Movie Review: Watering down Ireland’s charms “Finding You”

“Finding You,” a romantic comedy about two-mismatched Americans in Ireland, is intended as a dessert dish — light and sweet. But think of this trifling comedy as a not-quite-traditional trifle built on top of stale angel food cake. No matter how you dress it up and toss characters, complications and “secrets” at it, the stale angel food cake is all you taste.

Rose Reid, who starred in writer-director Brian Baugh’s “Welcome Home to Christmas,” and  Jedidiah Goodacre, whose “Salem Witch Trials” name was better suited to TV’s “The Chilling Adventures of Sabrina,” are bland co-stars who set off little in the way of sparks.

So, let’s dress things up. Finley Sinclair (Rose) is an aspiring violinist who failed to audition her way into the Manhattan Conservatory. No worries, she’ll spend a semester abroad in Ireland, just like her brother did before her. #problemsoftheprivileged.

Finley has a SECRET. And that secret has its own secret, drawings leading her…somewhere.

Beckett Rush (Goodacre) is the rising young star of a series of “Dawn of the Dragon” sword-and-sorcery romances, all filmed in Ireland. They “meet cute” (not even close) in First Class on the flight over. Beckett’s a tabloid favorite.

And Beckett has a SECRET.

One of Finley’s tasks as a student in Ireland is to befriend and comfort a bitter old woman (Oscar winner Vanessa Redgrave). Her Cathleen Sweeney has a SECRET.

Then, there’s the tipsy fiddler down’tha pub — Patrick Bergin, adding twinkling and diddly aye music to his repertoire.

Might fiddler Seamus have…a SECRET?

Sorry to taunt the writer-director over this, but bashing him about the ears over the ridiculous coincidences, inability to find an original laugh and making the lovely Irish scenery and tourist sites look as drab and bland as his leading characters would just be mean.

The silly movie within a movie is seriously half-arsed, with tabloid mating intrigues between Beckett and his co-star (Katherine McNamara) “massaged” by Beckett’s agent (Tom Everett Scott). There’s a “big dance” coming, where every couple in tiny Carlingford claims is where they met their true love.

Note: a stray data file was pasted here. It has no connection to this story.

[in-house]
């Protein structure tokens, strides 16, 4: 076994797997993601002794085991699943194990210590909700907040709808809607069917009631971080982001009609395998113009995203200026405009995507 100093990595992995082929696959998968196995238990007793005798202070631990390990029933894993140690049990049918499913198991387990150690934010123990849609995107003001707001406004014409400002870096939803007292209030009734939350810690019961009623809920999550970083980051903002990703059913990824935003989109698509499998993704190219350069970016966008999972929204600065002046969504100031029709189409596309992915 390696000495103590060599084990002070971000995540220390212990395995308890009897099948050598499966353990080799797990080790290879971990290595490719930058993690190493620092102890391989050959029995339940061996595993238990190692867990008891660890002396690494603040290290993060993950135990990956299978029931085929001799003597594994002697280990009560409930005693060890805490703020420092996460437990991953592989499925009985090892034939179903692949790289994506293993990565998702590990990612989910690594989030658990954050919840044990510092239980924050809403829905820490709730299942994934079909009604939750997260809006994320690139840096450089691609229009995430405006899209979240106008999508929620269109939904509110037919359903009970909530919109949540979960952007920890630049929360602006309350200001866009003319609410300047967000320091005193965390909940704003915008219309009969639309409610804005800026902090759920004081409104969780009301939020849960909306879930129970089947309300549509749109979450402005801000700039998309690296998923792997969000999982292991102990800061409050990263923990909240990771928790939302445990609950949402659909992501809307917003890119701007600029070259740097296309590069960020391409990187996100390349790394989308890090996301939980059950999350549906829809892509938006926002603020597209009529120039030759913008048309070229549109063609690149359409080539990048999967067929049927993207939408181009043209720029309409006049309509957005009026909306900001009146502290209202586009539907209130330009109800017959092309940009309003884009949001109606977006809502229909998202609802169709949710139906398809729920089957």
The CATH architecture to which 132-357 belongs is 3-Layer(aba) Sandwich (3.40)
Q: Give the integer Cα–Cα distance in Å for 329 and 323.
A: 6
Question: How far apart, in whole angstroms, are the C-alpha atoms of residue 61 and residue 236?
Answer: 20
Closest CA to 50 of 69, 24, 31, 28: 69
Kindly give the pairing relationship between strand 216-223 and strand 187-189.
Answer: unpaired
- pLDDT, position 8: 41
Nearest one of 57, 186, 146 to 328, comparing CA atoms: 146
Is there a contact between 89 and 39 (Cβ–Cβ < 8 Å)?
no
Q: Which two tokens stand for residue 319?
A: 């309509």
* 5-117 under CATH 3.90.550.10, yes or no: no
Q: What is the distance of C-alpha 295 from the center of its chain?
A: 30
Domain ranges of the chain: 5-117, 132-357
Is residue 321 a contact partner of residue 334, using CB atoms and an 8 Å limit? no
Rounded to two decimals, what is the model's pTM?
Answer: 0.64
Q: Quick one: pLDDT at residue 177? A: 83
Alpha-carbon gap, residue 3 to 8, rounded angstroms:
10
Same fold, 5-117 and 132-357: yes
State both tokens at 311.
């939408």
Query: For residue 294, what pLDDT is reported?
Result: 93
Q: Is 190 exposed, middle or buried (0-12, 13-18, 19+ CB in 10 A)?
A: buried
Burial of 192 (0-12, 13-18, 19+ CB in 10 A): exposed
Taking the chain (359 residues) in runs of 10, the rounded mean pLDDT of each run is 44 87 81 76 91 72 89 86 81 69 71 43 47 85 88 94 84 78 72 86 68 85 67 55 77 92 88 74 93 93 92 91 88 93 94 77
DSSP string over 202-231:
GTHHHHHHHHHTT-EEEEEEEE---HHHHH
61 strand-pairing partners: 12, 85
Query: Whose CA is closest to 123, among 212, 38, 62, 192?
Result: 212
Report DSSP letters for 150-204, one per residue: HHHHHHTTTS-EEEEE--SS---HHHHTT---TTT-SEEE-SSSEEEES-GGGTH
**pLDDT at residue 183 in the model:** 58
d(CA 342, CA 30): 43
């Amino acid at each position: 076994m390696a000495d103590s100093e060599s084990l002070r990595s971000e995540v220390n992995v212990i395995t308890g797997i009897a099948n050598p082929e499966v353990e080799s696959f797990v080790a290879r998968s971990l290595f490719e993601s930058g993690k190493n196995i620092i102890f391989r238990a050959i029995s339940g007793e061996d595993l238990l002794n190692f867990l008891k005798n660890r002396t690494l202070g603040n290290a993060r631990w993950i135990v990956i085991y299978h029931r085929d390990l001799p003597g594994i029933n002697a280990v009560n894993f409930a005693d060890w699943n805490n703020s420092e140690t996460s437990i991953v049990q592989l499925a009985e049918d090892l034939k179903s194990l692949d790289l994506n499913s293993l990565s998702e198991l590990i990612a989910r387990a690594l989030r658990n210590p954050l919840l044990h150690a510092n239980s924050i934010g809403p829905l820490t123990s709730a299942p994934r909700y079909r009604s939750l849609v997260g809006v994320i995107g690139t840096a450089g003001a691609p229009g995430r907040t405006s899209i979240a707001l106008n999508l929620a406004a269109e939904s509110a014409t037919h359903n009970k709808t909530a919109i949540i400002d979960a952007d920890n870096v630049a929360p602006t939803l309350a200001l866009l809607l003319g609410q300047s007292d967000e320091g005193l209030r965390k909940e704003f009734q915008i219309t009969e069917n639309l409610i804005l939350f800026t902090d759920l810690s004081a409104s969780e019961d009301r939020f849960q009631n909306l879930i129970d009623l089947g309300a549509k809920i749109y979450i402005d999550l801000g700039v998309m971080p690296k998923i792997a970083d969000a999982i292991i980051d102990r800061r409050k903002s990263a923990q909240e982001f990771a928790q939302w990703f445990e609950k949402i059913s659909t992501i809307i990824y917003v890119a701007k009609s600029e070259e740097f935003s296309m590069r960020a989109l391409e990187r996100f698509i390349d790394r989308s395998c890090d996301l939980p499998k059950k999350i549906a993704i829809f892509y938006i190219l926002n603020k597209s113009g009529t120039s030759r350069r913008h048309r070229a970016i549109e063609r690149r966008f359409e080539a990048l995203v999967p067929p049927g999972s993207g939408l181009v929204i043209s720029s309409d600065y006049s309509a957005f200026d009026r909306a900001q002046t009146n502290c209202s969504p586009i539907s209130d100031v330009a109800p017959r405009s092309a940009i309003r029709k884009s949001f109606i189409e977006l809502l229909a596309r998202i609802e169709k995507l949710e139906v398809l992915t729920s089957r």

That plays with lovelorn teen Emma (Saoirse-Monica Jackson, trying WAY too hard), Finley’s “sister” for the summer as she’s the daughter of the B & B owners who put her up. But Finley, whose answer to every early Beckett (chaste) come-on is “I know your type,” has another agenda.

Still, Ireland may take hold of her, put the “diddly aye” life in her fiddle playing and the spring in her romantic step.

This picture is so contrived that the family (Fiona Bell and Ciaran McMahon) who accept exchange student Finley are not only the same folks who took in her brother years before, but they have to announce that they’ve just inherited this B & B (or the money to buy it).

That makes for more potential mischief and more coincidences in the never-ending parade of them Baugh shovels out.

“Potential” is basically what this movie squanders.

The supporting players are more interesting than the leads, who never make us care about them or root for them. And it’s fascinating to watch a brilliant talent like Redgrave and a game hoofer like Bergin try to lift this dead weight all by themselves.

They can’t.

MPA Rating: PG for language and thematic elements

Cast: Rose Reid,  Jedidiah Goodacre, Tom Everett Scott, Patrick Bergin, Saoirse-Monica Jackson and Vanessa Redgrave and Patrick Bergin

Credits: Scripted and directed by Brian Baugh. A Roadsides Attraction release.

Running time: 1:55 (too bloody long)

About Roger Moore

Movie Critic, formerly with McClatchy-Tribune News Service, Orlando Sentinel, published in Spin Magazine, The World and now published here, Orlando Magazine, Autoweek Magazine
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